A few days later as I took my seat on the plane headed back home to Kenya I sat next to a woman who was a missionary in the neighboring country of Burundi. In our conversation, she told me of a curriculum her team had just finalized, prepared to facilitate inner healing to victims of trauma through the local church. Yet another ‘coincidence’.

As we parted ways, I shared my email contact and requested her to share the curriculum with me. By the time I arrived home from the airport, the curriculum was in my inbox. I was in awe of God’s leading. It could not have been clearer. He indeed wants to facilitate healing through the church in this region. That is why we are here.”

Back to Philip Gourevitch; “I don’t discount the possibility, but when it comes to genocide, you already know right from wrong. The best reason I have come up with for looking closely into Rwanda’s stories is that ignoring them makes me even more uncomfortable about existence and my place in it. The horror, the horror, interests me only insofar as a precise memory of the offense is necessary to understand its legacy.” 

Maybe the legacy of such darkness is the light of God and the church healing a nation that the devil meant to steal kill and destroy.

– by @LIASojourner 

 



Welcome: Rev Mutinda Musyimi – Director of Training

July 23rd, 2015 | Posted by | Home Page | Home Page | Leadership

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Rev Mutinda Musyimi joins the LIA team as the Director of Training at the LIA Center, Kenya.

As the Director of Training Rev Mutinda will be responsible for establishing a dynamic training function in line with LIA’s vision and mission as well as coordinating all training activities in the various Country Offices.

Rev Mutinda Musyimi is an ordained Church Minister and in addition to pastoring several churches Rev Mutinda has previously been a High School teacher and a University lecturer.  He taught communications at Daystar University in Athi River, Kenya where he also served as a University Chaplain for four years. Rev Mutinda is married to Jennifer and they are blessed with three children.

We asked Rev Mutinda to share a little more about himself so you might get to know him a bit more:

What drew you to LIA?

A number of things but the bottom line is that it was an opportunity to serve God. That’s the main one, but specifically it was the kind of holistic approach that is here at LIA. I have seen many churches and organizations whose main focus is only the preaching of the word but as far as I’m concerned the approach that Jesus Christ took was very holistic. He fed the poor, he healed the sick, he was there to give guidance and equip those around him for greater things.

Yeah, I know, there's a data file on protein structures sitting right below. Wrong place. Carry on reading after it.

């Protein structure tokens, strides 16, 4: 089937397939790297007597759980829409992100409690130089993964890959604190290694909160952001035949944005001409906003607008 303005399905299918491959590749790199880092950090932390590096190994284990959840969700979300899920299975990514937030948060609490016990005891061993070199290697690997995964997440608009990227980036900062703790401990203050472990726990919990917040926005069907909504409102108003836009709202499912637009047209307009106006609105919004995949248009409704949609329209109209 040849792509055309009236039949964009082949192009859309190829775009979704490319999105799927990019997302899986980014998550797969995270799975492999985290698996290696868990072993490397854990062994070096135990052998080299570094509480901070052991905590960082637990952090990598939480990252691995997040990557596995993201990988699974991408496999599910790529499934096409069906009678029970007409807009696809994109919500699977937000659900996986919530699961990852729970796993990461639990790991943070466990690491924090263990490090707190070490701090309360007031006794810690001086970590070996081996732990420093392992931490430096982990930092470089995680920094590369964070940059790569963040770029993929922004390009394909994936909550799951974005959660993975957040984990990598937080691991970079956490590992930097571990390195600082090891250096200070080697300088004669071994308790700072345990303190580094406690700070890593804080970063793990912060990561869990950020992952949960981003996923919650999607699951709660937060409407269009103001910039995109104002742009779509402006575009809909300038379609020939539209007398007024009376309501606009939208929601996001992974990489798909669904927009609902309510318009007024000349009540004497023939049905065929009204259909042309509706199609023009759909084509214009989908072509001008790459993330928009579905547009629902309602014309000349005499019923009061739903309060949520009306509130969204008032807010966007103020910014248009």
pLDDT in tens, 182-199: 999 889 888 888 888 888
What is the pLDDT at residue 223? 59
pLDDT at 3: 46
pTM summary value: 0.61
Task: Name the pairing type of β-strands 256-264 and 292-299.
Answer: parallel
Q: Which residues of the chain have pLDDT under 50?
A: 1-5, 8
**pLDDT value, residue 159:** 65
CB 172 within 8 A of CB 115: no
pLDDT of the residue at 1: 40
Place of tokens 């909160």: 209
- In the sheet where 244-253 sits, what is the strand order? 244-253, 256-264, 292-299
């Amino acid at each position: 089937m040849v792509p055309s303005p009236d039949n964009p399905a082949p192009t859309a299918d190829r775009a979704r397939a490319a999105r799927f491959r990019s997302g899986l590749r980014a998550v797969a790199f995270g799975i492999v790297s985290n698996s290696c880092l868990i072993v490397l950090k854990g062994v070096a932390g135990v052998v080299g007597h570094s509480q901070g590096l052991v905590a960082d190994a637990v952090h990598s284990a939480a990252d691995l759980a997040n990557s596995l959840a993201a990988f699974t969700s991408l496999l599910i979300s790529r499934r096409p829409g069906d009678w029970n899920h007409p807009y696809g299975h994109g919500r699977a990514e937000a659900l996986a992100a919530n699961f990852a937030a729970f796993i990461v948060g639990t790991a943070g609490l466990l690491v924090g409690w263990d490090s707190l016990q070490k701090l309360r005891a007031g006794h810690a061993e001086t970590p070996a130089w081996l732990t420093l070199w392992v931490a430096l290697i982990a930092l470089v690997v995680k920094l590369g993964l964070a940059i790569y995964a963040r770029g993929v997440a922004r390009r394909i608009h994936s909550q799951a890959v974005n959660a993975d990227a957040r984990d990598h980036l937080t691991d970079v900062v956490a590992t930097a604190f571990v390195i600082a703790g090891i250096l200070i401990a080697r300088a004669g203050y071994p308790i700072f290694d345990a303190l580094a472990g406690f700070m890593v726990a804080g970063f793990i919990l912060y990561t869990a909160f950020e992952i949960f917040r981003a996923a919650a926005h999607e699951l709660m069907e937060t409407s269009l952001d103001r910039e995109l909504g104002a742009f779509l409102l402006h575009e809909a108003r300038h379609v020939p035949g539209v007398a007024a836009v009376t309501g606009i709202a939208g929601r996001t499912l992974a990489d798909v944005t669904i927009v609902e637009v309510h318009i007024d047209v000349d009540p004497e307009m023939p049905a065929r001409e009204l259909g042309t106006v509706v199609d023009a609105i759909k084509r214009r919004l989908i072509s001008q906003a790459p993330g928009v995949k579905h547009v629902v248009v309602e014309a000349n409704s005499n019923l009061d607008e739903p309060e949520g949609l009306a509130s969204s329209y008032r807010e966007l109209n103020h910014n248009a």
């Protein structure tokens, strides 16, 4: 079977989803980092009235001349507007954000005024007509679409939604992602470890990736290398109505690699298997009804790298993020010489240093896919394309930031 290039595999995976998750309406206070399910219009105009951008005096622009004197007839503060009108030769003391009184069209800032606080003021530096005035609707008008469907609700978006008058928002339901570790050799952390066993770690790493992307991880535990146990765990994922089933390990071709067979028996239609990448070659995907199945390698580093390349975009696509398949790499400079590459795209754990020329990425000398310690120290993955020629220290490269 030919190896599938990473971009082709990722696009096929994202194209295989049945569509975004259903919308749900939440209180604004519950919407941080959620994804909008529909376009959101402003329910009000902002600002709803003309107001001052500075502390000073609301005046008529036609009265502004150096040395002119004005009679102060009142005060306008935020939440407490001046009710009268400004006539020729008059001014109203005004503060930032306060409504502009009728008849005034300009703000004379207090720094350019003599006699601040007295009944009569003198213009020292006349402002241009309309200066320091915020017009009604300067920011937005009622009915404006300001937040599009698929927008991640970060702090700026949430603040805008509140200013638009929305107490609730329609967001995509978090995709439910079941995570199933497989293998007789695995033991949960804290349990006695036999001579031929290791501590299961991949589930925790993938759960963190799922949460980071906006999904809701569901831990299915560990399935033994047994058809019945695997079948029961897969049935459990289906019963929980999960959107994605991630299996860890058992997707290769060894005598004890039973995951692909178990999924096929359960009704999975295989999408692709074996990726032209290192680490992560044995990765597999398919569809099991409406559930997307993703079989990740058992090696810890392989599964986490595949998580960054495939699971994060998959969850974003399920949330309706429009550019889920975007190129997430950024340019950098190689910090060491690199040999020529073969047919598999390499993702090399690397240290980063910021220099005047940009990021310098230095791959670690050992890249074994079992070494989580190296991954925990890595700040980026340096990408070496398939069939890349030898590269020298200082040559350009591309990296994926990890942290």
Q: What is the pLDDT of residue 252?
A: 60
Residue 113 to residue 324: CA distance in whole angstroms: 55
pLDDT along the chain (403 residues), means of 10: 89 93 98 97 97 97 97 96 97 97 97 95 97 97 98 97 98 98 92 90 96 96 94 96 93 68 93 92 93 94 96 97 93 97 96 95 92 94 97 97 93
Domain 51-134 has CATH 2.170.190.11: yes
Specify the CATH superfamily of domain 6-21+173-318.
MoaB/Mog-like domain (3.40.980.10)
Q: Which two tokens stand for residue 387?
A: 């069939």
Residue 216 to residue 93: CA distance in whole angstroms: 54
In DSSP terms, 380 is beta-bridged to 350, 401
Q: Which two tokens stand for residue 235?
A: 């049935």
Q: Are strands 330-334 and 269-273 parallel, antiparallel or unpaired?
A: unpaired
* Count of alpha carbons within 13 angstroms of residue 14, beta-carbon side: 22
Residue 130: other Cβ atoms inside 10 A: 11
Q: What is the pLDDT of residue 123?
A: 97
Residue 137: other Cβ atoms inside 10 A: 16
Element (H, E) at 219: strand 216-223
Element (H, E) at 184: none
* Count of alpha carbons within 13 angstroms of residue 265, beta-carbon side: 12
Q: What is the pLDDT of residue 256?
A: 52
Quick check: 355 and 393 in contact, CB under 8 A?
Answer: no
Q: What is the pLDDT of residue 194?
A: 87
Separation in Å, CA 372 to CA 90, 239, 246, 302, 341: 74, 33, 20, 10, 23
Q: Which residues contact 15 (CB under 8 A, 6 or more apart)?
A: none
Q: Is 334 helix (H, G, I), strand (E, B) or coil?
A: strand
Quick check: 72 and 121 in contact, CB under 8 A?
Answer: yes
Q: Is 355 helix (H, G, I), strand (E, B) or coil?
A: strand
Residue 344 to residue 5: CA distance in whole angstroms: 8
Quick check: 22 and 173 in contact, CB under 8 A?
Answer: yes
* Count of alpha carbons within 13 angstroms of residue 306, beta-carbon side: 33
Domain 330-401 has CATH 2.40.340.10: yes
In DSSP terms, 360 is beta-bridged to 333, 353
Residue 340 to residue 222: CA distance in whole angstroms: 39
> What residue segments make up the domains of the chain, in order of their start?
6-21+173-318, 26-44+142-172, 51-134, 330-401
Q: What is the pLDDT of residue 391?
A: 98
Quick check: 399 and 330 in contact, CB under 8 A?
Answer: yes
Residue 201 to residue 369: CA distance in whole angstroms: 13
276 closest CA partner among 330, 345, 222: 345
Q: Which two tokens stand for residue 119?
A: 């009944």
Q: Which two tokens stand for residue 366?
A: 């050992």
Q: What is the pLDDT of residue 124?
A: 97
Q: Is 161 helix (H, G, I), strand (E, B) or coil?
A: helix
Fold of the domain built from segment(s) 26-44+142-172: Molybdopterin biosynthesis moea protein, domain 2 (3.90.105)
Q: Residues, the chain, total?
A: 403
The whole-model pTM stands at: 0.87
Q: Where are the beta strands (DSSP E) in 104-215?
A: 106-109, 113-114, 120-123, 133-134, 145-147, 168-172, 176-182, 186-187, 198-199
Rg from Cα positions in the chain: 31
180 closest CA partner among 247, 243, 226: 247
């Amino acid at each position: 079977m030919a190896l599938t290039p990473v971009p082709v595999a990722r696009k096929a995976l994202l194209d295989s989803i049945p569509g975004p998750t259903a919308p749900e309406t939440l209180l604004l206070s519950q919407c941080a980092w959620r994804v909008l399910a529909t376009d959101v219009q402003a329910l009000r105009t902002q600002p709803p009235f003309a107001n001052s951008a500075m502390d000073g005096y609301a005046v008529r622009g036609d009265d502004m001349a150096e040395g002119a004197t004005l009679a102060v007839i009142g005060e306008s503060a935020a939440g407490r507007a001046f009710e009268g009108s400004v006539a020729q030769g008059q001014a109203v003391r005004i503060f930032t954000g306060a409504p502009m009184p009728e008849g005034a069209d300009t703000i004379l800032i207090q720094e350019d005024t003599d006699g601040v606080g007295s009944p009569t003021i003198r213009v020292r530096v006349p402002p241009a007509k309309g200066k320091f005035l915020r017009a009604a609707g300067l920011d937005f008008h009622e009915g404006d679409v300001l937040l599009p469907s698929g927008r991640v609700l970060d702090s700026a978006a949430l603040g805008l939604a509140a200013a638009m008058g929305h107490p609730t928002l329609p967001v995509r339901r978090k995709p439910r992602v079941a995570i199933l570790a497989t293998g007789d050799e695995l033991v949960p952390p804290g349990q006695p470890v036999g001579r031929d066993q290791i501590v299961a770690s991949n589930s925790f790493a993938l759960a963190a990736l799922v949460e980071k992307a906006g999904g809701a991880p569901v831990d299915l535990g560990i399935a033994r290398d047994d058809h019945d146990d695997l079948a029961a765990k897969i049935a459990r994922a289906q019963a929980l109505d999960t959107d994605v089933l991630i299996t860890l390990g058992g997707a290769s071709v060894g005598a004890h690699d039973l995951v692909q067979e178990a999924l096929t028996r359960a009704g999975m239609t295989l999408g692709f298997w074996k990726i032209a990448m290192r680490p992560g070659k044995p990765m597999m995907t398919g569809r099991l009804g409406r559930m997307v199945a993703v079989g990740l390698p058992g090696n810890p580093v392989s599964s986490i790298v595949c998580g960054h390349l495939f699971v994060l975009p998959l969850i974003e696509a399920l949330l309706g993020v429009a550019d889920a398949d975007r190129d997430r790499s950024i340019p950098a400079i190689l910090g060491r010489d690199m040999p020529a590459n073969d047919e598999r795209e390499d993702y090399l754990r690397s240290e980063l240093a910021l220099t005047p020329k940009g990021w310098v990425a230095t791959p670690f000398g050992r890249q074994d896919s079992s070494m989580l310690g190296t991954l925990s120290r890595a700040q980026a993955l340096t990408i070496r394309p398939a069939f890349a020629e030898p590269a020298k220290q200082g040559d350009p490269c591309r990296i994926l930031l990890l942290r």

I come from a very humble background and I have gone through several struggles in life. Those struggles have given me a very soft spot for those who are less privileged. It gives me such joy to see someone who is less privileged empowered because though I am not a rich man I am a different person from what I was and it is because I was empowered. So I might even say I have a selfish agenda in being here because it gives me so much joy to see someone empowered in this life!

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What are you most looking forward to in your role with LIA?

Seeing people trained, because information is power. I am looking forward to seeing as many people – both rich and poor – trained and empowered to break the shackles of poverty and retrogressive traditions.

I also hope to create a great pool of professionals who will not only come and train people but also be inspired to continue to be agents of change in their spheres of influence.

Finally, I’m looking forward to seeing the new LIA Center in Kenya become a beehive of activity. Not just busy to be busy, but busy with the Kingdom work. I would like to see the LIA Center become a place to retreat for many people. A haven where they can get away to learn, be inspired and draw closer to the lord and the kingdom work.

What do you do other than oversee training and the LIA Center?

As part of the Senior Leadership Team I am responsible for helping lead and guide this organization both here at the HQ and in the country offices. I will also be using my gifts of preaching and teaching. That is what I have done most of my life and that is what I hope to continue doing in varying capacities.